New Journal And Guide Suspending Publication Amid Financial Hardships Of Coronavirus
Thursday’s edition of the New Journal and Guide will be the weekly paper’s last issue for several weeks as it manages the economic fallout of the coronavirus.
Brenda Andrews, the Norfolk-based paper’s publisher and owner, has halted print operations indefinitely. In an interview, she attributed the suspension to ad placement cancellations in print editions and the closure of distribution locations — mostly small businesses and churches — amid the outbreak.
“There just was not sufficient funding to continue to publish a paper given those circumstances,” Andrews said. “This was an economic decision.”
Andrews, who has been with the newspaper since 1982, said it will definitely resume publication at some point. She remains uncertain when that will be.
Launched in 1900, the New Journal and Guide is one of the nation's oldest newspapers that focuses mainly on issues affecting black people. Andrews said the paper is resilient and has persisted through other challenges in the past.
“We’ve survived two world wars. We’ve survived the Ku Klux Klan. We’ve survived the civil rights struggle and the tragedies that were a part of that,” she said.
Andrews said her decision to halt operations was not easy. The suspension comes as the nation’s black population suffers disproportionately from the coronavirus.
In Virginia, about 18 percent of the COVID-19 cases affect black or African American residents, who make up nearly 20 percent of the total population, according to the state's health department. By comparison, nearly 32 percent of cases are white, a racial group that is 69 percent of the commonwealth's population. Similar trends are playing out in other states.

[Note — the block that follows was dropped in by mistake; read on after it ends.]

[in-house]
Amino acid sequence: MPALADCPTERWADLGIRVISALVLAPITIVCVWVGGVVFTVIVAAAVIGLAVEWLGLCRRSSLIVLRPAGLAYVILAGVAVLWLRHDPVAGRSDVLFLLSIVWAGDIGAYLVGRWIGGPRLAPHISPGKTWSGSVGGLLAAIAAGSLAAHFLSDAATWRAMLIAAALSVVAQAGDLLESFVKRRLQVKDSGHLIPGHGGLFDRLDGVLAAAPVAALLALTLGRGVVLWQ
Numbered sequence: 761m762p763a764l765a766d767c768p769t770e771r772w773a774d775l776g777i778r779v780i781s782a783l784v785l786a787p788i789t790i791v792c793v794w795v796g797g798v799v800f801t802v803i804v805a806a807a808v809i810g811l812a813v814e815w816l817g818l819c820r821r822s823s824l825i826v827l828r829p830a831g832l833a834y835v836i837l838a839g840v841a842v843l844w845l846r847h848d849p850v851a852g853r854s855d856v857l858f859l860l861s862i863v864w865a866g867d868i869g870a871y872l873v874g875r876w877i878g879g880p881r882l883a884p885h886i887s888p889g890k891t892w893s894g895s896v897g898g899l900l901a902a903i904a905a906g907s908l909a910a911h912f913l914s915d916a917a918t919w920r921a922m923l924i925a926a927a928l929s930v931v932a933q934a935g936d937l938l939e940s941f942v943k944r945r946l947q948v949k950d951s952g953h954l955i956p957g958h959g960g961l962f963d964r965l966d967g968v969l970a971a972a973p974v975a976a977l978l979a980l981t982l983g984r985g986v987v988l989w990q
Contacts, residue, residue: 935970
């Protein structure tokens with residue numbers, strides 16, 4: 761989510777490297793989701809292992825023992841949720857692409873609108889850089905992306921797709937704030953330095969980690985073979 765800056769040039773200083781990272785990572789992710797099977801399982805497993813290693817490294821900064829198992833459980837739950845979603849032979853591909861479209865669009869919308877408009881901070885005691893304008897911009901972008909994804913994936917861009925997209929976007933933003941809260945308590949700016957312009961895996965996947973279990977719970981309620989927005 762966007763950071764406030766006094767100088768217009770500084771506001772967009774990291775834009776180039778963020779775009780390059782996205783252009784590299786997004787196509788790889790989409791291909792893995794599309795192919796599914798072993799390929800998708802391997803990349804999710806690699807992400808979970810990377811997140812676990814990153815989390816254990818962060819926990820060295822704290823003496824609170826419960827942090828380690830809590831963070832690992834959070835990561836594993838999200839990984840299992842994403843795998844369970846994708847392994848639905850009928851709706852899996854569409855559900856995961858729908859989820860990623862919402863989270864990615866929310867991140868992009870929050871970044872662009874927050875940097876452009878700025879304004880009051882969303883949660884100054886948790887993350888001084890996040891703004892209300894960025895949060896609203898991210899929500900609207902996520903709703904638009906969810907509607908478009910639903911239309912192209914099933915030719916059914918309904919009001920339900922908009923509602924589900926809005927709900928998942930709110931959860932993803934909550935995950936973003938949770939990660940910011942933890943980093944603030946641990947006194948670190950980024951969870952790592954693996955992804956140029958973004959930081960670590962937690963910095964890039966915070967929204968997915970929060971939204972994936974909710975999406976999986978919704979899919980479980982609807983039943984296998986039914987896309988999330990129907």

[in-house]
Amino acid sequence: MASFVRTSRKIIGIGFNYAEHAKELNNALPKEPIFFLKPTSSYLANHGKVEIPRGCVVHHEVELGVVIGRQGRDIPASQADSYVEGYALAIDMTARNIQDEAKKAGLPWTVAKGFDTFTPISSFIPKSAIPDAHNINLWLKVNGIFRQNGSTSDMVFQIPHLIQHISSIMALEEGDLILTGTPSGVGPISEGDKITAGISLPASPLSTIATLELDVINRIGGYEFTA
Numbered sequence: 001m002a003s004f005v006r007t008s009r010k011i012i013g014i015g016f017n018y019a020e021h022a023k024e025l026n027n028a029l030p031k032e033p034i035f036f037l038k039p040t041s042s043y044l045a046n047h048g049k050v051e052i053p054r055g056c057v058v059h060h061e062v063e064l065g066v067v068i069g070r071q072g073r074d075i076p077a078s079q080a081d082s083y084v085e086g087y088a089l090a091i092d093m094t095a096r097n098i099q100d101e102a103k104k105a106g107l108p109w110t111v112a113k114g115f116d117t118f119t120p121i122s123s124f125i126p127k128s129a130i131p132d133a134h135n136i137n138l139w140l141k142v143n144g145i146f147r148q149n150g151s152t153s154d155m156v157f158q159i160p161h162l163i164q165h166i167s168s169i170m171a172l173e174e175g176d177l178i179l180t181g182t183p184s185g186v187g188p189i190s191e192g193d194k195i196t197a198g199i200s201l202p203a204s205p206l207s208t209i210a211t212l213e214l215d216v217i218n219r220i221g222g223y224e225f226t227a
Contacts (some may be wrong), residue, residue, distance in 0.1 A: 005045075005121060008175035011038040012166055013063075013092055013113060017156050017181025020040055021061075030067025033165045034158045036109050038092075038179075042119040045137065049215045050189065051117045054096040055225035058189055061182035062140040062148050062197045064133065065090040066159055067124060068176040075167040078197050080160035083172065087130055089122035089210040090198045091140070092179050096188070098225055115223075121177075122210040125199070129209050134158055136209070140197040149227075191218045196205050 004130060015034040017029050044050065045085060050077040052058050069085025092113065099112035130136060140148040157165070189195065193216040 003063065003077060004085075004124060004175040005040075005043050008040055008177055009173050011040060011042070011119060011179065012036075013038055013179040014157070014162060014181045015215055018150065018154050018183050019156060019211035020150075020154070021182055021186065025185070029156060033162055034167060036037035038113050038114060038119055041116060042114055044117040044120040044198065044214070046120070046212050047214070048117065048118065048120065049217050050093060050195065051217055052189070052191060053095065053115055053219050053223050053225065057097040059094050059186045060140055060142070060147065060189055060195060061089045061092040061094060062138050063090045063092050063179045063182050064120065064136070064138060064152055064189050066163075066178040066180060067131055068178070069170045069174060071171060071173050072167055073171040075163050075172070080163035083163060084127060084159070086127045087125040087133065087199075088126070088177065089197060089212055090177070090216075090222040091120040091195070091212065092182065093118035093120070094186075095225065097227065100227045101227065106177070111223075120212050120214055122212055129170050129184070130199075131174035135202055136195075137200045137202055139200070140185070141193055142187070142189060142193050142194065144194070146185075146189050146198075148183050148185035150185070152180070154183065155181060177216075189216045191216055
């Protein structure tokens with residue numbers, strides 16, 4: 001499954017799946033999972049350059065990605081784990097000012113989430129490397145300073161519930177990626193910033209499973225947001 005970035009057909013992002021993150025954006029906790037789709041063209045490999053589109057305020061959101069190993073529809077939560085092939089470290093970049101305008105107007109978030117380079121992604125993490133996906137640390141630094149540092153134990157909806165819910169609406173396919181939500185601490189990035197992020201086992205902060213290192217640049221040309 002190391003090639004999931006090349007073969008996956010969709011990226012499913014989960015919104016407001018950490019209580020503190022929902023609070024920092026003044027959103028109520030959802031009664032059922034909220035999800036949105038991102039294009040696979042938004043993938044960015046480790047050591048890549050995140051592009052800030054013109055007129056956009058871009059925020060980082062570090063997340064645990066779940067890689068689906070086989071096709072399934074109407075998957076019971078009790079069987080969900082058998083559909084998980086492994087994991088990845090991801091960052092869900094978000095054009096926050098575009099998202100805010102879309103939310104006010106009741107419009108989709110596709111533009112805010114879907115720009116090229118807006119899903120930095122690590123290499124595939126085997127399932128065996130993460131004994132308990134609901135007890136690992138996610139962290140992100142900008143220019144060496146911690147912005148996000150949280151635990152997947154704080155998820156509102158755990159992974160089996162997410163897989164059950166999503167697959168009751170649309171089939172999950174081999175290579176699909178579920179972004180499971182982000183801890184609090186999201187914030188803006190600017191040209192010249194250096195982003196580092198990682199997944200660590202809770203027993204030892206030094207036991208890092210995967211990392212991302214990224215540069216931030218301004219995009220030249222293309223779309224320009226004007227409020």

Andrews said the paper has been covering entrenched health and economic inequalities among black people and other groups that now fuel the coronavirus disparities along racial lines. She said the paper will continue to report on the issue once it restarts operations.
For now, it must focus on weathering the financial hardships of the outbreak.
“My mission is to make sure the Journal and Guide continues to be a viable news source for the community and for the nation,” she said. “For me to do that, I have to protect the resources that I have available.”
With one reporter, the publication usually releases a new edition each Thursday. The New Journal and Guide generates revenue when local black businesses and churches distribute copies of the paper. Event advertisers also pay to place ads in print editions.
But with churches and businesses closed and events cancelled, less money is flowing in, Andrews said.
The New Journal and Guide has furloughed its one reporter and already pushed back its 120th anniversary gala from May 17 to September 13. Andrews said she hopes to restart publication by June 4, but her decision will depend on when the outbreak subsides and businesses reopen.
She expects to see an increase in advertisement revenue as the November elections draw closer. That will help the paper rebound, she said.
For now, Andrews is applying for new small business benefits as part of the coronavirus federal stimulus package. She will also focus on redeveloping the paper's website.
“As Dr. King said, we will get to the other side,” she said. “We will resume what we do best, and that is being a voice for the black community.”